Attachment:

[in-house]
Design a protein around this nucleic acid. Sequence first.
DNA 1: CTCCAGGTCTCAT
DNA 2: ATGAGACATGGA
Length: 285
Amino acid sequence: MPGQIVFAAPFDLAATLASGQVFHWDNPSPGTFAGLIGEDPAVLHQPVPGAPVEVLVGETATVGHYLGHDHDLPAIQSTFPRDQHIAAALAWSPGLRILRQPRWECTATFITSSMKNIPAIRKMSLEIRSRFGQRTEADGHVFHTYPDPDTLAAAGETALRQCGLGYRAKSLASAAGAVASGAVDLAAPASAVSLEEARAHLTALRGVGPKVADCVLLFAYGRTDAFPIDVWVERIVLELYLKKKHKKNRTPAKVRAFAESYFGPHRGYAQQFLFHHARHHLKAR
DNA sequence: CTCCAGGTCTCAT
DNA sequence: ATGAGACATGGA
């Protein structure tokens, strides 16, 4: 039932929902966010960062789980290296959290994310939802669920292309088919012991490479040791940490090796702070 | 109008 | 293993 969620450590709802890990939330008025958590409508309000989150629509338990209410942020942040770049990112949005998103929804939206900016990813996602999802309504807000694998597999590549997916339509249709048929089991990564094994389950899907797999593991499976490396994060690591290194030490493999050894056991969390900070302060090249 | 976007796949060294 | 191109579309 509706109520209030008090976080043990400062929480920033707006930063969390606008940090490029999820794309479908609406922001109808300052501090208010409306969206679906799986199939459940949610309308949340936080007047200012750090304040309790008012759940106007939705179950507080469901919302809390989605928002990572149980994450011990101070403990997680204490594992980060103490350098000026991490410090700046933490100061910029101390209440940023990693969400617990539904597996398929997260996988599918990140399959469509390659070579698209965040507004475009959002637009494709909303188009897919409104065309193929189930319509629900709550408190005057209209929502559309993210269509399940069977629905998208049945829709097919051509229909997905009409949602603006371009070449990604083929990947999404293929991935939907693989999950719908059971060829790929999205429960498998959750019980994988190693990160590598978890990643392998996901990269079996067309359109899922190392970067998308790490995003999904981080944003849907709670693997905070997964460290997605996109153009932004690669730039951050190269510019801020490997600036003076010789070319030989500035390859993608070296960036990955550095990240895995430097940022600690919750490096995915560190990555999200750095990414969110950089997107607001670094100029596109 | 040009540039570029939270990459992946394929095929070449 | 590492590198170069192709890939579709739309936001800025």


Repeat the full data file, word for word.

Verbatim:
[in-house]
Design a protein around this nucleic acid. Sequence first.
DNA 1: CTCCAGGTCTCAT
DNA 2: ATGAGACATGGA
Length: 285
Amino acid sequence: MPGQIVFAAPFDLAATLASGQVFHWDNPSPGTFAGLIGEDPAVLHQPVPGAPVEVLVGETATVGHYLGHDHDLPAIQSTFPRDQHIAAALAWSPGLRILRQPRWECTATFITSSMKNIPAIRKMSLEIRSRFGQRTEADGHVFHTYPDPDTLAAAGETALRQCGLGYRAKSLASAAGAVASGAVDLAAPASAVSLEEARAHLTALRGVGPKVADCVLLFAYGRTDAFPIDVWVERIVLELYLKKKHKKNRTPAKVRAFAESYFGPHRGYAQQFLFHHARHHLKAR
DNA sequence: CTCCAGGTCTCAT
DNA sequence: ATGAGACATGGA
């Protein structure tokens, strides 16, 4: 039932929902966010960062789980290296959290994310939802669920292309088919012991490479040791940490090796702070 | 109008 | 293993 969620450590709802890990939330008025958590409508309000989150629509338990209410942020942040770049990112949005998103929804939206900016990813996602999802309504807000694998597999590549997916339509249709048929089991990564094994389950899907797999593991499976490396994060690591290194030490493999050894056991969390900070302060090249 | 976007796949060294 | 191109579309 509706109520209030008090976080043990400062929480920033707006930063969390606008940090490029999820794309479908609406922001109808300052501090208010409306969206679906799986199939459940949610309308949340936080007047200012750090304040309790008012759940106007939705179950507080469901919302809390989605928002990572149980994450011990101070403990997680204490594992980060103490350098000026991490410090700046933490100061910029101390209440940023990693969400617990539904597996398929997260996988599918990140399959469509390659070579698209965040507004475009959002637009494709909303188009897919409104065309193929189930319509629900709550408190005057209209929502559309993210269509399940069977629905998208049945829709097919051509229909997905009409949602603006371009070449990604083929990947999404293929991935939907693989999950719908059971060829790929999205429960498998959750019980994988190693990160590598978890990643392998996901990269079996067309359109899922190392970067998308790490995003999904981080944003849907709670693997905070997964460290997605996109153009932004690669730039951050190269510019801020490997600036003076010789070319030989500035390859993608070296960036990955550095990240895995430097940022600690919750490096995915560190990555999200750095990414969110950089997107607001670094100029596109 | 040009540039570029939270990459992946394929095929070449 | 590492590198170069192709890939579709739309936001800025």